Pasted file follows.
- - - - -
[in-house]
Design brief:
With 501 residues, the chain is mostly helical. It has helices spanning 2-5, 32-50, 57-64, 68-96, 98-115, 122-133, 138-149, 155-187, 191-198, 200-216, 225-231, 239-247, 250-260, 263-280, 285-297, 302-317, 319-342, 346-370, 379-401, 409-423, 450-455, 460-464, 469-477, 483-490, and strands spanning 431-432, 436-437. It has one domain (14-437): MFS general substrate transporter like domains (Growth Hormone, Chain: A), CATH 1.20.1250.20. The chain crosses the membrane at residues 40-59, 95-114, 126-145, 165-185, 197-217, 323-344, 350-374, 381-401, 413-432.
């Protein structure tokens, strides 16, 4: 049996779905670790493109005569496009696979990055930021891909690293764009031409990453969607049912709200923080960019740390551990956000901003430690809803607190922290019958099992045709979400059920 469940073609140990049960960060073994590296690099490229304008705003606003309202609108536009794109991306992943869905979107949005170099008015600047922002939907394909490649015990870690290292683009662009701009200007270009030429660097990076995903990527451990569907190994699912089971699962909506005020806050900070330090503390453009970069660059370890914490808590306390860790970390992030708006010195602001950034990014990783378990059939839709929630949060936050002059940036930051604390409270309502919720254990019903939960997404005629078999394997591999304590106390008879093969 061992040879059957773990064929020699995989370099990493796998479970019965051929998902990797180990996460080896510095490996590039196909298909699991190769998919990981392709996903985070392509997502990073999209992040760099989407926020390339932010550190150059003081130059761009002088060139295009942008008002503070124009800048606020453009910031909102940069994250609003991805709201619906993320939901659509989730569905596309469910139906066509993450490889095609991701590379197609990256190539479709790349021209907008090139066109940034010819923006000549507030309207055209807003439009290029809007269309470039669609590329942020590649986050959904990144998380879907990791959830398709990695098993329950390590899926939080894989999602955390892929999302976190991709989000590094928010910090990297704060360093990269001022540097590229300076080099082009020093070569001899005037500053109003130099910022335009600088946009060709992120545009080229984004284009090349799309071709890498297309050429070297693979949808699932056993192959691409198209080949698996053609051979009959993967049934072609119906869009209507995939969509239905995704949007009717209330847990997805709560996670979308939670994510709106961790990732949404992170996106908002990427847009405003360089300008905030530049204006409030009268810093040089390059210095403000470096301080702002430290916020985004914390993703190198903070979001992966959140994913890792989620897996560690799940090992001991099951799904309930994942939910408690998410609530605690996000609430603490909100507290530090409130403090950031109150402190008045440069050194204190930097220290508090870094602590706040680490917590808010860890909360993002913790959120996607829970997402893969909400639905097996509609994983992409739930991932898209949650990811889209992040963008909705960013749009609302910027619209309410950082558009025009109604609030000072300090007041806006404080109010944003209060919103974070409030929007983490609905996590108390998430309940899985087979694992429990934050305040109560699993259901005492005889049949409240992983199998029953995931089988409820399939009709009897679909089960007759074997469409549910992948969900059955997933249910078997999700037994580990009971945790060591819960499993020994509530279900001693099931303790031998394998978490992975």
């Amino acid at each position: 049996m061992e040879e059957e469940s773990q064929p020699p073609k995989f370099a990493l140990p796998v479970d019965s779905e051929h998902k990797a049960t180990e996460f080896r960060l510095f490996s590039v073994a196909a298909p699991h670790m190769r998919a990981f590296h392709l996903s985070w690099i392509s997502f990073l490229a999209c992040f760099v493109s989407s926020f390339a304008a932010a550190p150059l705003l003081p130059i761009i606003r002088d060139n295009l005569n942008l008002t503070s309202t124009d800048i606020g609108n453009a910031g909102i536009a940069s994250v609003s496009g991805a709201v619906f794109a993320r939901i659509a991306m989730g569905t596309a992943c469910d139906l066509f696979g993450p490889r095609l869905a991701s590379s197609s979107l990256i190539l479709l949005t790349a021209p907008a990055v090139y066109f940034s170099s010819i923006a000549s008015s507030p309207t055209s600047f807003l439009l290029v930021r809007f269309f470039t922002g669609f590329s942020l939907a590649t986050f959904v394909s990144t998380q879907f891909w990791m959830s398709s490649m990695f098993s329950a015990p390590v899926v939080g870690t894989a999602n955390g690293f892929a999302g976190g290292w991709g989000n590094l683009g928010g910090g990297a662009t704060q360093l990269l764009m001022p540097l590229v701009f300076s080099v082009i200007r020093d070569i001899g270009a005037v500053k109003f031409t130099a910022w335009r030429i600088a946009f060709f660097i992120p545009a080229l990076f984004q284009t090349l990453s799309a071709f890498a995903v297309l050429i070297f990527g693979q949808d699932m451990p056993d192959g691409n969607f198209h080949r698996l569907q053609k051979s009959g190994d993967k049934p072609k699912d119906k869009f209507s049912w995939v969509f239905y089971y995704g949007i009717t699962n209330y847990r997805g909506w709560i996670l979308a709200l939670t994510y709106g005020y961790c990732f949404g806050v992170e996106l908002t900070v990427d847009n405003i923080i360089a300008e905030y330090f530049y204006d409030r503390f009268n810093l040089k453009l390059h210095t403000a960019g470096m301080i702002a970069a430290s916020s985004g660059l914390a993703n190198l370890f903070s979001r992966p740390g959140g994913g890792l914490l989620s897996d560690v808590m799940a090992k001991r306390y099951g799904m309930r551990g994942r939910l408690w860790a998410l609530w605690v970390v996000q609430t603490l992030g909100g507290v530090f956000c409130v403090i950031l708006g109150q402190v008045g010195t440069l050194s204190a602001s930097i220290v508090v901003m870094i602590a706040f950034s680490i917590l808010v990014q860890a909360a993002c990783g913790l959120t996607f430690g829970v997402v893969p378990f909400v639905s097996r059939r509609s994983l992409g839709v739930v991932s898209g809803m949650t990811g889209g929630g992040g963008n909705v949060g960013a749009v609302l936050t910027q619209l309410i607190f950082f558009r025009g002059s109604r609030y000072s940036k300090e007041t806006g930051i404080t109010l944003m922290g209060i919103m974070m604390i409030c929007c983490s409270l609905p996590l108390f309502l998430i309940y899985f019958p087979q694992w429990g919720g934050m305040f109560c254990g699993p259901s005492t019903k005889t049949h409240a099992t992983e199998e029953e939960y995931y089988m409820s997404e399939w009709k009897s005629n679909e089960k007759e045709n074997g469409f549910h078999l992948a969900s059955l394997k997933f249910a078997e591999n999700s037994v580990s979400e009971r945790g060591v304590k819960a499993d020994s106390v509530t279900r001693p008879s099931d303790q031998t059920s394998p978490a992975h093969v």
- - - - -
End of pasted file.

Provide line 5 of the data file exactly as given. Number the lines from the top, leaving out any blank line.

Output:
């Amino acid at each position: 049996m061992e040879e059957e469940s773990q064929p020699p073609k995989f370099a990493l140990p796998v479970d019965s779905e051929h998902k990797a049960t180990e996460f080896r960060l510095f490996s590039v073994a196909a298909p699991h670790m190769r998919a990981f590296h392709l996903s985070w690099i392509s997502f990073l490229a999209c992040f760099v493109s989407s926020f390339a304008a932010a550190p150059l705003l003081p130059i761009i606003r002088d060139n295009l005569n942008l008002t503070s309202t124009d800048i606020g609108n453009a910031g909102i536009a940069s994250v609003s496009g991805a709201v619906f794109a993320r939901i659509a991306m989730g569905t596309a992943c469910d139906l066509f696979g993450p490889r095609l869905a991701s590379s197609s979107l990256i190539l479709l949005t790349a021209p907008a990055v090139y066109f940034s170099s010819i923006a000549s008015s507030p309207t055209s600047f807003l439009l290029v930021r809007f269309f470039t922002g669609f590329s942020l939907a590649t986050f959904v394909s990144t998380q879907f891909w990791m959830s398709s490649m990695f098993s329950a015990p390590v899926v939080g870690t894989a999602n955390g690293f892929a999302g976190g290292w991709g989000n590094l683009g928010g910090g990297a662009t704060q360093l990269l764009m001022p540097l590229v701009f300076s080099v082009i200007r020093d070569i001899g270009a005037v500053k109003f031409t130099a910022w335009r030429i600088a946009f060709f660097i992120p545009a080229l990076f984004q284009t090349l990453s799309a071709f890498a995903v297309l050429i070297f990527g693979q949808d699932m451990p056993d192959g691409n969607f198209h080949r698996l569907q053609k051979s009959g190994d993967k049934p072609k699912d119906k869009f209507s049912w995939v969509f239905y089971y995704g949007i009717t699962n209330y847990r997805g909506w709560i996670l979308a709200l939670t994510y709106g005020y961790c990732f949404g806050v992170e996106l908002t900070v990427d847009n405003i923080i360089a300008e905030y330090f530049y204006d409030r503390f009268n810093l040089k453009l390059h210095t403000a960019g470096m301080i702002a970069a430290s916020s985004g660059l914390a993703n190198l370890f903070s979001r992966p740390g959140g994913g890792l914490l989620s897996d560690v808590m799940a090992k001991r306390y099951g799904m309930r551990g994942r939910l408690w860790a998410l609530w605690v970390v996000q609430t603490l992030g909100g507290v530090f956000c409130v403090i950031l708006g109150q402190v008045g010195t440069l050194s204190a602001s930097i220290v508090v901003m870094i602590a706040f950034s680490i917590l808010v990014q860890a909360a993002c990783g913790l959120t996607f430690g829970v997402v893969p378990f909400v639905s097996r059939r509609s994983l992409g839709v739930v991932s898209g809803m949650t990811g889209g929630g992040g963008n909705v949060g960013a749009v609302l936050t910027q619209l309410i607190f950082f558009r025009g002059s109604r609030y000072s940036k300090e007041t806006g930051i404080t109010l944003m922290g209060i919103m974070m604390i409030c929007c983490s409270l609905p996590l108390f309502l998430i309940y899985f019958p087979q694992w429990g919720g934050m305040f109560c254990g699993p259901s005492t019903k005889t049949h409240a099992t992983e199998e029953e939960y995931y089988m409820s997404e399939w009709k009897s005629n679909e089960k007759e045709n074997g469409f549910h078999l992948a969900s059955l394997k997933f249910a078997e591999n999700s037994v580990s979400e009971r945790g060591v304590k819960a499993d020994s106390v509530t279900r001693p008879s099931d303790q031998t059920s394998p978490a992975h093969v």